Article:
Staff teams from the European Commission, the European Central Bank (ECB), and International Monetary Fund (IMF) visited Dublin for the regular quarterly review of the government’s economic programme from 17 to 26 April 2012. Ireland’s policy implementation remains on track, nonetheless considerable challenges remain. Ensuring a recovery in Ireland’s highly open economy will require that these policy efforts continue, and that the external environment improves. The European Commission and IMF missions will seek approval for the completion of this review from the relevant EU bodies and the IMF Executive Board respectively.
Ireland’s programme implementation continues to be strong. Fiscal targets for 2011 were met with a healthy margin, and the consolidation remained on track in the first quarter of 2012. The authorities have also pressed ahead with comprehensive reforms to restore the health of the Irish financial sector. Market confidence in Ireland’s policies has improved, contributing to some stabilisation in Irish bond spreads, although they remain elevated.
The government is advancing its jobs and growth agenda. In recognition of the more challenging external environment, the authorities are establishing a working group to review and adapt their strategy for growth and job creation by enhancing the economy’s competitiveness and flexibility further while safeguarding social cohesion. The authorities’ approach to labour activation is outlined in the recently published “Pathways to Work” strategy, while the Action Plan for Jobs sets out measures to facilitate job creation. Progress in this area is essential to bring down the high level of unemployment.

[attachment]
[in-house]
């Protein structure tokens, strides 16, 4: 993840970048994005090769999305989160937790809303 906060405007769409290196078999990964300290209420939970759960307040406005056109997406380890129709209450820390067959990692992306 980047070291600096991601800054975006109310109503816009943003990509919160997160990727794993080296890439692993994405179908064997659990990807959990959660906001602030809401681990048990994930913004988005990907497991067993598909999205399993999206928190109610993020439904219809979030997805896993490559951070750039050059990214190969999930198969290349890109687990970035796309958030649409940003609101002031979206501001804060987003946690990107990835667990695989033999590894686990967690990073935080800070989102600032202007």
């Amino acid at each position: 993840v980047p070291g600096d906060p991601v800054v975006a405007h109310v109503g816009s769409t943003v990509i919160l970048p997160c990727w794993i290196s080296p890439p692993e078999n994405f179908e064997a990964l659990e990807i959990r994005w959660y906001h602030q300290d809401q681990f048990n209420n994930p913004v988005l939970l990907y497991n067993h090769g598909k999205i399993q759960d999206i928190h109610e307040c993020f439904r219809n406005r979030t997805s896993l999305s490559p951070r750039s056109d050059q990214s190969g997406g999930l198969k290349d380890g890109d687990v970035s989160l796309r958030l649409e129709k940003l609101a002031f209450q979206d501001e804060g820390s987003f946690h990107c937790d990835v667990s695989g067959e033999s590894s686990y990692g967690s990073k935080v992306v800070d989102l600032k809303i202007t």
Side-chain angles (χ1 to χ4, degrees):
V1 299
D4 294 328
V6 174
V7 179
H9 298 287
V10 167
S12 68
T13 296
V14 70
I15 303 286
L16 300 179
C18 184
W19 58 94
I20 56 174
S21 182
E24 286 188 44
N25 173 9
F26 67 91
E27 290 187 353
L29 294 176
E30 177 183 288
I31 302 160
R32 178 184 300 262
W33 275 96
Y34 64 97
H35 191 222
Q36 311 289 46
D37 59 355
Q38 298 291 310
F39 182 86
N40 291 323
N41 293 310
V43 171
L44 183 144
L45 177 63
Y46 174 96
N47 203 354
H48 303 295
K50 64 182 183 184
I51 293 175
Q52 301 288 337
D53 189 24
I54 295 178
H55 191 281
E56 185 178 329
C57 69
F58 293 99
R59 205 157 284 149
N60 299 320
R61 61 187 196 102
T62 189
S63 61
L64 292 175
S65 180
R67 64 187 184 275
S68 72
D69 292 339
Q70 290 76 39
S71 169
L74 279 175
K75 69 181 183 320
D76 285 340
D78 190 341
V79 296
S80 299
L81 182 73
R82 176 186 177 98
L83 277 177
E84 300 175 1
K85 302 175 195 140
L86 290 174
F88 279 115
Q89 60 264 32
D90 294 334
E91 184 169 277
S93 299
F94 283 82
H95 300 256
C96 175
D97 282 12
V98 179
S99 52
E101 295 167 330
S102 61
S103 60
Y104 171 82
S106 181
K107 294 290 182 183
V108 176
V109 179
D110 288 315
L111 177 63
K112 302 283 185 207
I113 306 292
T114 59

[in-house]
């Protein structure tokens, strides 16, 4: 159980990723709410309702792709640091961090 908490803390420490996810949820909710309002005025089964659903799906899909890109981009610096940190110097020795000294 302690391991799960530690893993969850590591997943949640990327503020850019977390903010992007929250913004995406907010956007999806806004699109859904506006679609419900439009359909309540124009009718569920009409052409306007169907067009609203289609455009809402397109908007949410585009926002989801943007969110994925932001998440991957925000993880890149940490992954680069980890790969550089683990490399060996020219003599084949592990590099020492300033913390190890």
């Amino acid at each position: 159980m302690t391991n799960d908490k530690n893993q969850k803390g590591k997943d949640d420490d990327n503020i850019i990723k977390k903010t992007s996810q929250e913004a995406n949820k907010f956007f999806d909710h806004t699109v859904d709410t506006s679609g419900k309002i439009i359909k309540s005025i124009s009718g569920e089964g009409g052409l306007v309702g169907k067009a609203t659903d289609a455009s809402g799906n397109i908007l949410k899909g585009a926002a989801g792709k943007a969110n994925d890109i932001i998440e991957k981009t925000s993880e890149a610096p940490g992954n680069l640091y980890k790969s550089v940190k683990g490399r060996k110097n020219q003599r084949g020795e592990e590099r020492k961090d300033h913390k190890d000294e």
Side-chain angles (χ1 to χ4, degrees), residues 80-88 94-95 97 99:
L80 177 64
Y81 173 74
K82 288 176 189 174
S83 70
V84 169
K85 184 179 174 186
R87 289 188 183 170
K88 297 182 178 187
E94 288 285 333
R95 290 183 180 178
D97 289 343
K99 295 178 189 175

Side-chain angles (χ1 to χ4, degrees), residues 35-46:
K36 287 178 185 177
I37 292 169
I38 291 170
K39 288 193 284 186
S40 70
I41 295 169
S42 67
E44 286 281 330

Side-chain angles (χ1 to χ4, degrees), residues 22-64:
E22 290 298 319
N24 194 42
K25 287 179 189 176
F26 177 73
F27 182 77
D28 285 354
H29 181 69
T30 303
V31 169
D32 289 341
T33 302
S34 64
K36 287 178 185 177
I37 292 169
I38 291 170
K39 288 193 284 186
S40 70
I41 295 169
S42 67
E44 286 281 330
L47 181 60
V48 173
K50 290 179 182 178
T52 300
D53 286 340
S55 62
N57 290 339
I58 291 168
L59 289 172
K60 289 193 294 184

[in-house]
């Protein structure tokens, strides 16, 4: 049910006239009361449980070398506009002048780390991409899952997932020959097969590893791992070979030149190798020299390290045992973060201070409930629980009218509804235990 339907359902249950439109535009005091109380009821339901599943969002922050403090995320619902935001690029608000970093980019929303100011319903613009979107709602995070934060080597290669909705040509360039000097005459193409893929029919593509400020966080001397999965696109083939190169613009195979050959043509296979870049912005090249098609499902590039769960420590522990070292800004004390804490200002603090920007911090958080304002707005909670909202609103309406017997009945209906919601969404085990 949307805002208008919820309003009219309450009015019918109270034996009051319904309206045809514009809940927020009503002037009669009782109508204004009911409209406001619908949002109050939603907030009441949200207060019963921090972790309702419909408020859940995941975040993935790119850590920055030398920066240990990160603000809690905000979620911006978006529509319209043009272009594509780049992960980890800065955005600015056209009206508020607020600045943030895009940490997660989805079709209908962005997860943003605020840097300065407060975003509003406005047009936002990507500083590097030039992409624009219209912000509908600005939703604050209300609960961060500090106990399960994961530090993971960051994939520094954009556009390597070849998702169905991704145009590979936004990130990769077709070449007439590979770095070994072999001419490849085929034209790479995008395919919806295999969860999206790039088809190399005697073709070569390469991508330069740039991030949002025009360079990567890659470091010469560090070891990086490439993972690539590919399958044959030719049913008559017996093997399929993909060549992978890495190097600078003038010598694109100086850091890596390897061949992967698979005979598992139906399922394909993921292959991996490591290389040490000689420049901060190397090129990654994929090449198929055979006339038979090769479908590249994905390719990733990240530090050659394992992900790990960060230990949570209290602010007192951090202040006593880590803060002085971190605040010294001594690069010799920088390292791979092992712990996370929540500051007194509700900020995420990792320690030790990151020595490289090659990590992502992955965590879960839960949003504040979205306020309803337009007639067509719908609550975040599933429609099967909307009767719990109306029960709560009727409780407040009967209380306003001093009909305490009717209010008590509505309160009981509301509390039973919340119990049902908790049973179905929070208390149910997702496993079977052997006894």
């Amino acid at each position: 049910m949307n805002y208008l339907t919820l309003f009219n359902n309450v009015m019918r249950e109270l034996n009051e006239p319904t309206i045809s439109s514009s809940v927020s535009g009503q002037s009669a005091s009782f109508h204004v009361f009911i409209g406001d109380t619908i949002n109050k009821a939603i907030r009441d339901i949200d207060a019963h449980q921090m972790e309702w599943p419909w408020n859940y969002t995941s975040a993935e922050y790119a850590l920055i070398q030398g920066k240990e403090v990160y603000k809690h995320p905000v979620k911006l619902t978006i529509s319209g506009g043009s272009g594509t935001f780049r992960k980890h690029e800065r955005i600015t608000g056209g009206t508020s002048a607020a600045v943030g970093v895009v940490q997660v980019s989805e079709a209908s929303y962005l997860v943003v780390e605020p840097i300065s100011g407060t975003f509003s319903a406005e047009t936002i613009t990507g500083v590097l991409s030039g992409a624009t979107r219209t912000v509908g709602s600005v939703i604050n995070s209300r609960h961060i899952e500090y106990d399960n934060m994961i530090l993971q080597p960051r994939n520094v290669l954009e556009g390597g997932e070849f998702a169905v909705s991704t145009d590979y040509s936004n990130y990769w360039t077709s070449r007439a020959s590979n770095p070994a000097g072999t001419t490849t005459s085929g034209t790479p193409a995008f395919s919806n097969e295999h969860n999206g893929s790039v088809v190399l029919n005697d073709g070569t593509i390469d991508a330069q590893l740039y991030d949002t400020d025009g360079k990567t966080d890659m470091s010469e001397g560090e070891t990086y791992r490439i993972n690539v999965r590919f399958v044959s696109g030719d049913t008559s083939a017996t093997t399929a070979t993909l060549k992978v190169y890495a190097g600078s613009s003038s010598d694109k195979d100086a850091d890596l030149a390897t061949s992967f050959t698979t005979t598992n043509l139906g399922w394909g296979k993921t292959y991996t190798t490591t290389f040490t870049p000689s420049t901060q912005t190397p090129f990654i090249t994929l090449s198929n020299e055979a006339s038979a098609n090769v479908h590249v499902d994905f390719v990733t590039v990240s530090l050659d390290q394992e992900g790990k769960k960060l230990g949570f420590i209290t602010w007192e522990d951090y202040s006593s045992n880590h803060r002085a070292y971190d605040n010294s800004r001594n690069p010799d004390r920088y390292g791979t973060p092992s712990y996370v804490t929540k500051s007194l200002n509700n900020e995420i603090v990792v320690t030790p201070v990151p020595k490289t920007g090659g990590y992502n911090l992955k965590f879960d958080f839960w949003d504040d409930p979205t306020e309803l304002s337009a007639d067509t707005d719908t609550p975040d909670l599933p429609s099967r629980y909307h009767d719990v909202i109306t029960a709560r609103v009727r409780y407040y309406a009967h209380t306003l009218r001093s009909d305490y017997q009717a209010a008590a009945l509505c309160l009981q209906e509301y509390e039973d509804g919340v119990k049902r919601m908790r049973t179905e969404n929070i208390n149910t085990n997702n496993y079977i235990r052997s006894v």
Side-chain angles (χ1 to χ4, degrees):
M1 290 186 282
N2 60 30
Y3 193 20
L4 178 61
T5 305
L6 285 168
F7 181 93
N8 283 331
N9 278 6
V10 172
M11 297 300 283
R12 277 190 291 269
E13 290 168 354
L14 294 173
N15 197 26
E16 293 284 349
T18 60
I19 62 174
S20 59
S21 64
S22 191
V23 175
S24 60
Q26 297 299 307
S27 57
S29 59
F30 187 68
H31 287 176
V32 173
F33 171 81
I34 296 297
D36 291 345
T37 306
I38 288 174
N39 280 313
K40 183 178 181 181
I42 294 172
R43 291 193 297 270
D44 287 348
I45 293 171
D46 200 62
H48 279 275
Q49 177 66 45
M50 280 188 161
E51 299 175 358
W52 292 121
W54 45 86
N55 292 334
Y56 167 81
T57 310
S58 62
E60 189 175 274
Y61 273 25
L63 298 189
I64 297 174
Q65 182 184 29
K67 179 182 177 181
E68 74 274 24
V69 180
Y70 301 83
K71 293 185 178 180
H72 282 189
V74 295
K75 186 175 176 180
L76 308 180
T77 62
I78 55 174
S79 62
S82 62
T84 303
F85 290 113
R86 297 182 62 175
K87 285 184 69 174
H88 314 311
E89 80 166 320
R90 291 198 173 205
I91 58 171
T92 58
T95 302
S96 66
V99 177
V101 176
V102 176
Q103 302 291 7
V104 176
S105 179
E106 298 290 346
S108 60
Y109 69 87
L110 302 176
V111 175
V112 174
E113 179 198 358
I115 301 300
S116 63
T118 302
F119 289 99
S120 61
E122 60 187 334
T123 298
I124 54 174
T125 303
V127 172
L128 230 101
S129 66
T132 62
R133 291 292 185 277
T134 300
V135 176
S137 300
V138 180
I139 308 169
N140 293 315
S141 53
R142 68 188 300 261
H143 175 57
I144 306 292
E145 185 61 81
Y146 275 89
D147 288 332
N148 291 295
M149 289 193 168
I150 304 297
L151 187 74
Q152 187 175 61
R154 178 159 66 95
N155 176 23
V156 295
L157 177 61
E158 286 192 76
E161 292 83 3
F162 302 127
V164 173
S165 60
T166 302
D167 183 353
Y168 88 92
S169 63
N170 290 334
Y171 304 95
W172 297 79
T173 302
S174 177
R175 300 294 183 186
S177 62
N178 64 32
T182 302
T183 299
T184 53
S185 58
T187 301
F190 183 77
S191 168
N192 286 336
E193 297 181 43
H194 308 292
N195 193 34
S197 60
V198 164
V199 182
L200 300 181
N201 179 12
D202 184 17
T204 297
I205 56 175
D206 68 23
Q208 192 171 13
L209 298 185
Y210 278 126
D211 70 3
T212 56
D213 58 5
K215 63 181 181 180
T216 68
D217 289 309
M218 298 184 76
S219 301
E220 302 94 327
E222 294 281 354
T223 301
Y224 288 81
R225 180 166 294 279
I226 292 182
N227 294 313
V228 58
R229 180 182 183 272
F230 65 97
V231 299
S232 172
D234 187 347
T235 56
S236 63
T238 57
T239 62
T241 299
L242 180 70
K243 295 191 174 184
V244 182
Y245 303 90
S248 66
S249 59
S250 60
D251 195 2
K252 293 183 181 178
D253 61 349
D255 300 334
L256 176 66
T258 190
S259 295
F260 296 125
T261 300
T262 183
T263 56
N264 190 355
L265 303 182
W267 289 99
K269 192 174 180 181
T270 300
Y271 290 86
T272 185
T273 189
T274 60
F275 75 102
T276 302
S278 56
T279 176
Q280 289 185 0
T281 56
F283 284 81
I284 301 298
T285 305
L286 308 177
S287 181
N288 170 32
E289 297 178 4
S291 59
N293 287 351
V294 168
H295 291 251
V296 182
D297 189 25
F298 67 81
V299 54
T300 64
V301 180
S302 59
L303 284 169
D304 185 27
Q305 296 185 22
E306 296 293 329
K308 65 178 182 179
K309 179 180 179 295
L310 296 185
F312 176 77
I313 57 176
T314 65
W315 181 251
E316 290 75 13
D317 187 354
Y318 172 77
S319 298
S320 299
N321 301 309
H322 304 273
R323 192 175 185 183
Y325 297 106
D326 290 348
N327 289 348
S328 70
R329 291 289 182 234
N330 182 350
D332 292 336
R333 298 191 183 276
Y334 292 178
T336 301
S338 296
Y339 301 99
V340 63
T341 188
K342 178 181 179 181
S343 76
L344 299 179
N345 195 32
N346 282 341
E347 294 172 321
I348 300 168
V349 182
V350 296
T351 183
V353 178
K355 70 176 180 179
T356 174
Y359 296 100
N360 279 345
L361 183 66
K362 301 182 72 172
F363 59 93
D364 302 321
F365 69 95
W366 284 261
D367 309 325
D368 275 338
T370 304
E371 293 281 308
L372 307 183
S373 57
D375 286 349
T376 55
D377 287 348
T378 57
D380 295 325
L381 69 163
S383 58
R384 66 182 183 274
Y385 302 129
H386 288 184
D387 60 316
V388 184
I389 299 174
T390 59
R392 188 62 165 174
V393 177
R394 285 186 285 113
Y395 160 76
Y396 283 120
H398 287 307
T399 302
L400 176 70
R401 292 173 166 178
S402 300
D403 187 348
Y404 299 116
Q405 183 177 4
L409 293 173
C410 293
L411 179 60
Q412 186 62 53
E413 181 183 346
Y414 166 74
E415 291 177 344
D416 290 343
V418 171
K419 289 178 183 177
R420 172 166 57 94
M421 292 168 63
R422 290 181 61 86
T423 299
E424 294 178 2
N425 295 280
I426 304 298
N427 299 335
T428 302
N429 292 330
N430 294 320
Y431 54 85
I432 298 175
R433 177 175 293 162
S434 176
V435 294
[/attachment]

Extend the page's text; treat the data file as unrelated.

Fiscal consolidation efforts remain on track in 2012. The 2011 general government deficit (excluding bank support costs) is now estimated at 9.4% of GDP, well within the programme ceiling of 10.6%. The targets for end-March 2012 on the Exchequer primary balance and net debt were also met, reflecting the authorities’ prudent budget design and implementation. The budget is on track for achieving the 2012 deficit ceiling of 8.6% of GDP.
Ongoing work to restore the health of the Irish financial system is critical for enabling a recovery of domestic demand. Efforts to strengthen the quality of bank assets are intensifying through strategies for dealing with mortgage and small and medium-sized enterprises’ loan arrears. The personal insolvency reform will further facilitate the resolution of unsustainable debts, with the authorities taking care to balance the rights of debtors and creditors, and to uphold Ireland’s tradition of debt servicing discipline. Finally, Permanent TSB is moving ahead with completing its restructuring plan.
Nonetheless, considerable challenges remain. Economic growth is expected to remain modest in 2012, at around ½%. The benefits of continued gains in competitiveness are limited by relatively low trading partner growth, while domestic demand continues to decline and the banking sector faces difficult market funding conditions. Technical work on further financial sector reforms to support prospects both for a recovery of domestic demand and for Ireland regaining market access continues. Overall, strong policy efforts by the Irish authorities, together with the support of Ireland’s partners, will be needed to achieve the goals of the programme in these challenging circumstances.
The objectives of Ireland’s European Union and IMF-supported programme are to address financial sector weaknesses and to put Ireland’s economy on the path of sustainable growth, sound public finances, and job creation, while protecting the poor and most vulnerable. The programme includes loans from the European Union and EU Member States amounting to €45.0 billion, and a €22.5 billion Extended Fund Facility with the IMF. Ireland’s contribution is €17.5 billion. Approval of the conclusion of this review is scheduled to make available a disbursement of €1.4 billion by the IMF, and €2.3 billion by the EU. The mission for the next programme review is scheduled for July 2012.
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